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In Arians, Eagles to face coach they snubbed

EVERY YEAR, for reasons I still haven't been able to ascertain, the Southern California town of Newport Beach honors the last player picked in the NFL draft.

EVERY YEAR, for reasons I still haven't been able to ascertain, the Southern California town of Newport Beach honors the last player picked in the NFL draft.

They call him "Mr. Irrelevant" and they fly the guy out to the left coast and wine and dine him and shower him with gifts and have a banquet in his honor, then put him back on a plane, so he can try to make somebody's practice squad.

Three years ago, Bruce Arians was the Mr. Irrelevant of that year's NFL head-coaching hires. Eight teams, including the Eagles, fired and hired new coaches following the 2012 season. The last name off the board that year, the last guy hired, was Arians.

Arians, who was named the league's coach of the year that season for the terrific job he did filling in for Colts head coach Chuck Pagano while Pagano was treated for leukemia, had been interested in a few of the other job openings, including the Browns', Bears' and Eagles'. But the interest wasn't mutual.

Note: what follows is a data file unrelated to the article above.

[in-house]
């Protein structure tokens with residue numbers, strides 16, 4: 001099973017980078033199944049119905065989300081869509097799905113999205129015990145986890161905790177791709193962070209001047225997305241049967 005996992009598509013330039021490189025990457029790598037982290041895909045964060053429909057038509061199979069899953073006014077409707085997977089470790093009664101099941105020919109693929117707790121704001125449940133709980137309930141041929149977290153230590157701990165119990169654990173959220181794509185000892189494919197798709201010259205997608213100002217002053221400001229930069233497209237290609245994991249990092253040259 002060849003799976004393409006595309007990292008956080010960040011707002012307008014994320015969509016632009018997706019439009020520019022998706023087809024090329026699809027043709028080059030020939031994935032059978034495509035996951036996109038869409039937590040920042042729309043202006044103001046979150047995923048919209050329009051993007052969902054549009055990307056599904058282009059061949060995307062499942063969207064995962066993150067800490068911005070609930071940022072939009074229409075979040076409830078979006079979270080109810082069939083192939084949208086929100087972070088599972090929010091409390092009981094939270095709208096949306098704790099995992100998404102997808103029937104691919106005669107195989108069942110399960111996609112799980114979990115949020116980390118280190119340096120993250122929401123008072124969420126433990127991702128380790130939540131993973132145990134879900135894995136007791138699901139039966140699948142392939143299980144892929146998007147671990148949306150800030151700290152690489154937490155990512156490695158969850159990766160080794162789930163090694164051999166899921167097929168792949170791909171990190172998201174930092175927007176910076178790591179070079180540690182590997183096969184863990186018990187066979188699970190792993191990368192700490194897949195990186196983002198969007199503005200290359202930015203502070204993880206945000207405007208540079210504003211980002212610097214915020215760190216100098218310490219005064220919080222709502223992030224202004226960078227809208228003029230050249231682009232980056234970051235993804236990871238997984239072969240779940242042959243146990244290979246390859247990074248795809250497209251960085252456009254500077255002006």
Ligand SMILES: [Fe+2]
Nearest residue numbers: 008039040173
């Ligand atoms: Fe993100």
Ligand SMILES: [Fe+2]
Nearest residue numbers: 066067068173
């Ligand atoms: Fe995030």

The Browns and their new CEO, Joe Banner, preferred Rob Chudzinski, who lasted all of a year.

The Bears, being the Bears, thought it would be cool to hire a guy from the CFL (Marc Trestman), who lasted one year longer than Chudzinski.

And the Eagles, well, they interviewed nearly a dozen people after firing Andy Reid, none of whom happened to be Arians, before hiring Chip Kelly.

The Eagles' lack of interest in Arians wasn't exactly a shock. While Arians is one of the league's most respected offensive coaches, his age - he was 60 at the time - and his unvarnished, tell-it-like-it-is personality were turnoffs to owner Jeff Lurie and then-general manager Howie Roseman.

Bruce was "Caddyshack" character Al Czervik (Rodney Dangerfield) to Lurie's Judge Elihu Smails (Ted Knight).

"Somebody once asked him what you needed to have to be him for Halloween and he said, 'An attitude and a cocktail,' Cardinals backup quarterback Drew Stanton said. "There aren't many coaches who are going to say that in the NFL, but that's who he is."